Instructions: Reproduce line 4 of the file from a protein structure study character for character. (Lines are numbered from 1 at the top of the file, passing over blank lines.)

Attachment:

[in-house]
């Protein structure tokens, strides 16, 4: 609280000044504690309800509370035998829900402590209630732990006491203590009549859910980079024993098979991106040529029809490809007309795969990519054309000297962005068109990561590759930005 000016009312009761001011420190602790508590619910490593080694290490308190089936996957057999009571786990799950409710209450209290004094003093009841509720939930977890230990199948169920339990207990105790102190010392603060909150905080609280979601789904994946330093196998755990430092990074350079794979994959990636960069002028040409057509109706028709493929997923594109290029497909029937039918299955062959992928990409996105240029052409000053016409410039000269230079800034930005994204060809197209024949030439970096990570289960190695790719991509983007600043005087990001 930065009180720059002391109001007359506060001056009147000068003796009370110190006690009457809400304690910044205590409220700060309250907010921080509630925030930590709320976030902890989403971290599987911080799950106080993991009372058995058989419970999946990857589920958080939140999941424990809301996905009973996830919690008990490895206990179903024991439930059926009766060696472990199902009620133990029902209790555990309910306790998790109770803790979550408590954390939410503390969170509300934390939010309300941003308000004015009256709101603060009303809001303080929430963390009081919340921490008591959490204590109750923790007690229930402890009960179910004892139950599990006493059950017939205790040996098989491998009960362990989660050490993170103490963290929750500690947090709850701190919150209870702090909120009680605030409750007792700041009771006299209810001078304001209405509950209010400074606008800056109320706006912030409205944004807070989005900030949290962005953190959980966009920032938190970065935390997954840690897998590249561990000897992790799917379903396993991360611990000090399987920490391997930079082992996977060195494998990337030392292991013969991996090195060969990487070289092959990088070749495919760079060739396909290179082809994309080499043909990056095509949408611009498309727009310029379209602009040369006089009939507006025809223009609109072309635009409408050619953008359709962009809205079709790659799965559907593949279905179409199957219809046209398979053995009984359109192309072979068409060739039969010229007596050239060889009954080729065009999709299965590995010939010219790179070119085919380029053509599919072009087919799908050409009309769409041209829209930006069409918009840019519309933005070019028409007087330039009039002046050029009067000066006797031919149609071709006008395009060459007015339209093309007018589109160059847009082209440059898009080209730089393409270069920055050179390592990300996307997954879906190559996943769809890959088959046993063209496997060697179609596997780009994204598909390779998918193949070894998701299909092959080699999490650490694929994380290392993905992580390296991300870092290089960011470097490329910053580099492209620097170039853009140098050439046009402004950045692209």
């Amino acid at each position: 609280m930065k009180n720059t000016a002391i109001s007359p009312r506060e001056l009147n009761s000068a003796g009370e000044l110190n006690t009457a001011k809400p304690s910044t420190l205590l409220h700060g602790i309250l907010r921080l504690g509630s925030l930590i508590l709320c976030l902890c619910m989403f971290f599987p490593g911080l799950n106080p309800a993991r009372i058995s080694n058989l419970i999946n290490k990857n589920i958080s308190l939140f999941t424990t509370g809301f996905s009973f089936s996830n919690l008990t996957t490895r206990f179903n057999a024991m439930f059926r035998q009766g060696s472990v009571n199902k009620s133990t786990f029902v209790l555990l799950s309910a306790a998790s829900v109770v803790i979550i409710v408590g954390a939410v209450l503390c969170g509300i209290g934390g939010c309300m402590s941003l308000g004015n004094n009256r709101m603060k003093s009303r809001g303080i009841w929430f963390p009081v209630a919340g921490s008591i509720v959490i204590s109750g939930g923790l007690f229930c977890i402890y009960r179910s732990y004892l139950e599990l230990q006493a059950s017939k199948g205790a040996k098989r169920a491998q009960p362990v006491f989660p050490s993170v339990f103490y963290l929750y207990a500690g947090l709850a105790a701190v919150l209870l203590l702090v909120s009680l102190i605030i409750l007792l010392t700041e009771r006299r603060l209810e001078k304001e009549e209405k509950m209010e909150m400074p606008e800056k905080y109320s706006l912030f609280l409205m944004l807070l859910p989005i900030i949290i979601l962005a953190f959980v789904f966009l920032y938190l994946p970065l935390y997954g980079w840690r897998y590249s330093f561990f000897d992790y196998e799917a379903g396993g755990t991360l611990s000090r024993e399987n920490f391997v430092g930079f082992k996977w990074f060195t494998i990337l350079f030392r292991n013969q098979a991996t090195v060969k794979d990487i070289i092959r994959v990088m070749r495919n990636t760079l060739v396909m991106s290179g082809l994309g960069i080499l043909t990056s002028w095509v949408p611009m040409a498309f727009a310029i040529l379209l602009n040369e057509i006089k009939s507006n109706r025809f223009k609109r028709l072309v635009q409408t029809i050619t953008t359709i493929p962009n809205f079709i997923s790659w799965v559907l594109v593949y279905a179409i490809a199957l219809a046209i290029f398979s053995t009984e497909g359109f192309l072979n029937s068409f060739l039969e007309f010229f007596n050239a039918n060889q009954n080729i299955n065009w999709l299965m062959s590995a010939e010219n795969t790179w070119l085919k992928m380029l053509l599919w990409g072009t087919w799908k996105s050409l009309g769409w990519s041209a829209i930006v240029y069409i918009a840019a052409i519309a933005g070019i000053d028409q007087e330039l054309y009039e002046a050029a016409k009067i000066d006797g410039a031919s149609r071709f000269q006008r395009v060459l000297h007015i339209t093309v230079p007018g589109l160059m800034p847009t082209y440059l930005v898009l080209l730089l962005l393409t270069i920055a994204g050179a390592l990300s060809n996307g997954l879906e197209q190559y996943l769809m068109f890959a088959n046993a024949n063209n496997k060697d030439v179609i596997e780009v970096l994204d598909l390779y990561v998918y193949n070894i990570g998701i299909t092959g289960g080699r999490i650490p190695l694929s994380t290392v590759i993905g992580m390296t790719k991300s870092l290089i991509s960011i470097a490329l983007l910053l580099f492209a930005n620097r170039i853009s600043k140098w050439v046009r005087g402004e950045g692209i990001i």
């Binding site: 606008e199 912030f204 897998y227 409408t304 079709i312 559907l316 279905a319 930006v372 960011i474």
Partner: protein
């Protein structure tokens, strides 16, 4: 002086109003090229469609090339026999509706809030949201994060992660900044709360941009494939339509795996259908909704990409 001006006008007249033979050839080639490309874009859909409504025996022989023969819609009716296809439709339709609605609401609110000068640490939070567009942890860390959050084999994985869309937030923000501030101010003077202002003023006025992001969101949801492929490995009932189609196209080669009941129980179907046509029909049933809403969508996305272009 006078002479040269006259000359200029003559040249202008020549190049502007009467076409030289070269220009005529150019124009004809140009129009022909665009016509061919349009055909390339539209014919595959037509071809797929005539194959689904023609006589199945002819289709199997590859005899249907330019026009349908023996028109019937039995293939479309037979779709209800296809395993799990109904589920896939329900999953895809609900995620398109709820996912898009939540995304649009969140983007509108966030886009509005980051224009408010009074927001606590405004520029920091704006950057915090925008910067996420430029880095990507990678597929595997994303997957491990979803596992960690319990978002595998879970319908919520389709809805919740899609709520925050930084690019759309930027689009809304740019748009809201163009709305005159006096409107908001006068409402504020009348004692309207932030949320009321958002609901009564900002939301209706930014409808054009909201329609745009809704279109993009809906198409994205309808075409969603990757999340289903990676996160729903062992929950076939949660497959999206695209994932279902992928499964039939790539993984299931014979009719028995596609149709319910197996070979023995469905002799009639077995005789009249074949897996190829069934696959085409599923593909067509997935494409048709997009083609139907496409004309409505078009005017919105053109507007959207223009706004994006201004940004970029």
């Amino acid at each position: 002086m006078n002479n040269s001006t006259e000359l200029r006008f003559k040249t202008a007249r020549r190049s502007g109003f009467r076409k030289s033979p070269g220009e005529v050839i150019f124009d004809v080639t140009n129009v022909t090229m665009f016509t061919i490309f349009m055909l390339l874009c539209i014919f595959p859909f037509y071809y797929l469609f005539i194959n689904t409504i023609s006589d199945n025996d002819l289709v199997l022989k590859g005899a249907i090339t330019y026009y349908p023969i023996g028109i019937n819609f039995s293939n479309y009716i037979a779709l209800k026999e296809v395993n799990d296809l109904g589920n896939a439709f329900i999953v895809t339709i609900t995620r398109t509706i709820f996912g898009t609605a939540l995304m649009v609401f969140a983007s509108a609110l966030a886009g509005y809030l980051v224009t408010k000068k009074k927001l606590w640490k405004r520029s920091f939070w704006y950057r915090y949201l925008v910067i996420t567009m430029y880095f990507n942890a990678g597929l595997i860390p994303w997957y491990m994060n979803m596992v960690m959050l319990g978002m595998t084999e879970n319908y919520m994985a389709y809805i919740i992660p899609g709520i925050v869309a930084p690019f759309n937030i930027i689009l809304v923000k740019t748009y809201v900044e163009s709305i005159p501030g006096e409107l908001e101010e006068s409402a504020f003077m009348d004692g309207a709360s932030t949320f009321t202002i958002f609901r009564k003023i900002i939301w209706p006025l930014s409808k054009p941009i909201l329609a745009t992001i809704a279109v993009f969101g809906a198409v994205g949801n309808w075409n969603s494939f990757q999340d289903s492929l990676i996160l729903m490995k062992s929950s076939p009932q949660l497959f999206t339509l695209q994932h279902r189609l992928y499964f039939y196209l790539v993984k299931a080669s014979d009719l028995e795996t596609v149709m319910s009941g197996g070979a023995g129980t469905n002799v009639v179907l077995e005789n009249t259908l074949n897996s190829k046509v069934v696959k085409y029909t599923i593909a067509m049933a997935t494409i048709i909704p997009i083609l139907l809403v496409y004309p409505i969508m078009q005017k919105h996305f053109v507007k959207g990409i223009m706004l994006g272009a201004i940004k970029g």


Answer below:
């Binding site: 606008e199 912030f204 897998y227 409408t304 079709i312 559907l316 279905a319 930006v372 960011i474």